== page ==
(Note: ellipses added.)

(Note: the online version of the commentary has the date January 7, 2012.)


Ekrich wrote a related book:

A. Roger Ekirch. At Day's Close: Night in Times Past. New York: W. W. Norton & Company, 2005.





August 9, 2012

In Cancer Treatment "a Breakthrough Moment"?




(p. A1) CHICAGO--Medical science efforts to harness the power of the immune system against cancer are beginning to bear fruit after decades of frustration, opening up a hopeful new front in the long battle against the disease.

In studies being presented Saturday, researchers said two experimental drugs by Bristol-Myers Squibb Co. . . . significantly shrank tumors in some patients with advanced skin, lung and kidney cancers.

Especially promising was that the drugs worked against several types of cancer, researchers said of the early findings. Most of the patients whose tumors responded significantly to the treatment saw long-term results.


. . .


(p. A2) Taken together, the findings are provoking excitement among researchers and the drug industry that immunotherapy has finally arrived as a viable cancer-fighting strategy.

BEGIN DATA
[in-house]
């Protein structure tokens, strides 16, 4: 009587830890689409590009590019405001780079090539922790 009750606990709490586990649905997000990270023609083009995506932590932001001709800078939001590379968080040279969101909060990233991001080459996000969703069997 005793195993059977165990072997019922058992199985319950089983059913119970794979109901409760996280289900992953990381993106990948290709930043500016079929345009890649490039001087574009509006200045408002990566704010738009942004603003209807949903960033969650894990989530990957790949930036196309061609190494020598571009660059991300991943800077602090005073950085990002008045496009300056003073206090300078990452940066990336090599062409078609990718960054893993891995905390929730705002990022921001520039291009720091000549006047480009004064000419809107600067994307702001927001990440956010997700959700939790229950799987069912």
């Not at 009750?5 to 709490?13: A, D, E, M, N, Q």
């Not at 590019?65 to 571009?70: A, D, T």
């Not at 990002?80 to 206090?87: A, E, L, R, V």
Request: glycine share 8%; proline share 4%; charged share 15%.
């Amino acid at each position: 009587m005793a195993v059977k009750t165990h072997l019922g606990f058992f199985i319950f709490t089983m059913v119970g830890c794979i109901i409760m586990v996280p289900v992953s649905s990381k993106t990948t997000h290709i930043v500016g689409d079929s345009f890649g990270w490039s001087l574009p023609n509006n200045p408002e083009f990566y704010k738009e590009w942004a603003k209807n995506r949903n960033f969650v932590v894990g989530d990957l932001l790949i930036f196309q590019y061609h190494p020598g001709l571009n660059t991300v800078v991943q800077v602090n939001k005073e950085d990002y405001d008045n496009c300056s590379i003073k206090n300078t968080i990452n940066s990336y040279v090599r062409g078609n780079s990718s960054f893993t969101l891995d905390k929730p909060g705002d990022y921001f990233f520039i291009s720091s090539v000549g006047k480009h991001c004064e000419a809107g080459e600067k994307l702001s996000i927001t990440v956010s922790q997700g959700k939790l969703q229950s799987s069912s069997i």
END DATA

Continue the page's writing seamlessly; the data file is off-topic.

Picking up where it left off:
"Those of us in the field really see this as a breakthrough moment," said Suzanne Topalian, a researcher at Johns Hopkins School of Medicine and lead author of one of the studies. Both are being presented by Hopkins researchers at the annual meeting of the American Society of Clinical Oncology and published online by the New England Journal of Medicine.



For the full story, see:

RON WINSLOW. "New Cancer Drugs Use Body's Own Defenses." The Wall Street Journal (Sat., June 2, 2012): A1-A2.

(Note: ellipses added.)

(Note: the online version of the story has the date June 1, 2012.)





August 8, 2012

The Bear Details of Belarus Communist Tyranny




BelarusTeddyBear2012-08-07ProvinceVersion.jpg "Swedish advertising agency employees Thomas Mazetti and Hannah Frey hold a stuffed bear that was parachuted into Belarus." Source of caption and image: http://www.theprovince.com/business/Teddy+bears+make+picnic+generals/7028460/story.html


(p. A4) The plane crossed stealthily into Belarussian airspace and headed for the capital, Minsk. At the appointed moment, the cargo doors opened, and an invasion force of tiny plush freedom fighters parachuted to the ground.

Belarus was under attack -- by teddy bears.